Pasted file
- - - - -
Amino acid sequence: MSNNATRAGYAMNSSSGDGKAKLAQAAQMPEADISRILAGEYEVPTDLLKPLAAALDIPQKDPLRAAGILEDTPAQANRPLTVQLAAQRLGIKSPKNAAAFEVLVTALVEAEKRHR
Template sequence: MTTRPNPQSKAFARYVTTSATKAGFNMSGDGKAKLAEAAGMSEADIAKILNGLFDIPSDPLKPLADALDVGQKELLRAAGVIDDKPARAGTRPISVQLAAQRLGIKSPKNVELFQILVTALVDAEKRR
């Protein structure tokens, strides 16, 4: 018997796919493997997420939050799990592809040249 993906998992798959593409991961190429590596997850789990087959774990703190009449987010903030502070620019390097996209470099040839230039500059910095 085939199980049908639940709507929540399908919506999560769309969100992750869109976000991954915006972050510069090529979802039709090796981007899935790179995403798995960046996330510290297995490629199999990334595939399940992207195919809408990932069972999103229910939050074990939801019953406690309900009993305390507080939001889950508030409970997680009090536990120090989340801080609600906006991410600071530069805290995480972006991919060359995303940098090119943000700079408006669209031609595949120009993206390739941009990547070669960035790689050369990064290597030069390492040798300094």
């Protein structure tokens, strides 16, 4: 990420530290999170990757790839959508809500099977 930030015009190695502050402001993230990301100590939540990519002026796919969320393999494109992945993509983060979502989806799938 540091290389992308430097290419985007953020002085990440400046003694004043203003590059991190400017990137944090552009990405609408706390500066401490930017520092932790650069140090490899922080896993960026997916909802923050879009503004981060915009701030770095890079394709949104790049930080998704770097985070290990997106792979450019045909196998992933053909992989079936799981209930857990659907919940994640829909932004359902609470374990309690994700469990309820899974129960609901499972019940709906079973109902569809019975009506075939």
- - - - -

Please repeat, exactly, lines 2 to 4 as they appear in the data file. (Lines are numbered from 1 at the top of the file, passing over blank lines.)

Template sequence: MTTRPNPQSKAFARYVTTSATKAGFNMSGDGKAKLAEAAGMSEADIAKILNGLFDIPSDPLKPLADALDVGQKELLRAAGVIDDKPARAGTRPISVQLAAQRLGIKSPKNVELFQILVTALVDAEKRR
């Protein structure tokens, strides 16, 4: 018997796919493997997420939050799990592809040249 993906998992798959593409991961190429590596997850789990087959774990703190009449987010903030502070620019390097996209470099040839230039500059910095 085939199980049908639940709507929540399908919506999560769309969100992750869109976000991954915006972050510069090529979802039709090796981007899935790179995403798995960046996330510290297995490629199999990334595939399940992207195919809408990932069972999103229910939050074990939801019953406690309900009993305390507080939001889950508030409970997680009090536990120090989340801080609600906006991410600071530069805290995480972006991919060359995303940098090119943000700079408006669209031609595949120009993206390739941009990547070669960035790689050369990064290597030069390492040798300094």
């Protein structure tokens, strides 16, 4: 990420530290999170990757790839959508809500099977 930030015009190695502050402001993230990301100590939540990519002026796919969320393999494109992945993509983060979502989806799938 540091290389992308430097290419985007953020002085990440400046003694004043203003590059991190400017990137944090552009990405609408706390500066401490930017520092932790650069140090490899922080896993960026997916909802923050879009503004981060915009701030770095890079394709949104790049930080998704770097985070290990997106792979450019045909196998992933053909992989079936799981209930857990659907919940994640829909932004359902609470374990309690994700469990309820899974129960609901499972019940709906079973109902569809019975009506075939």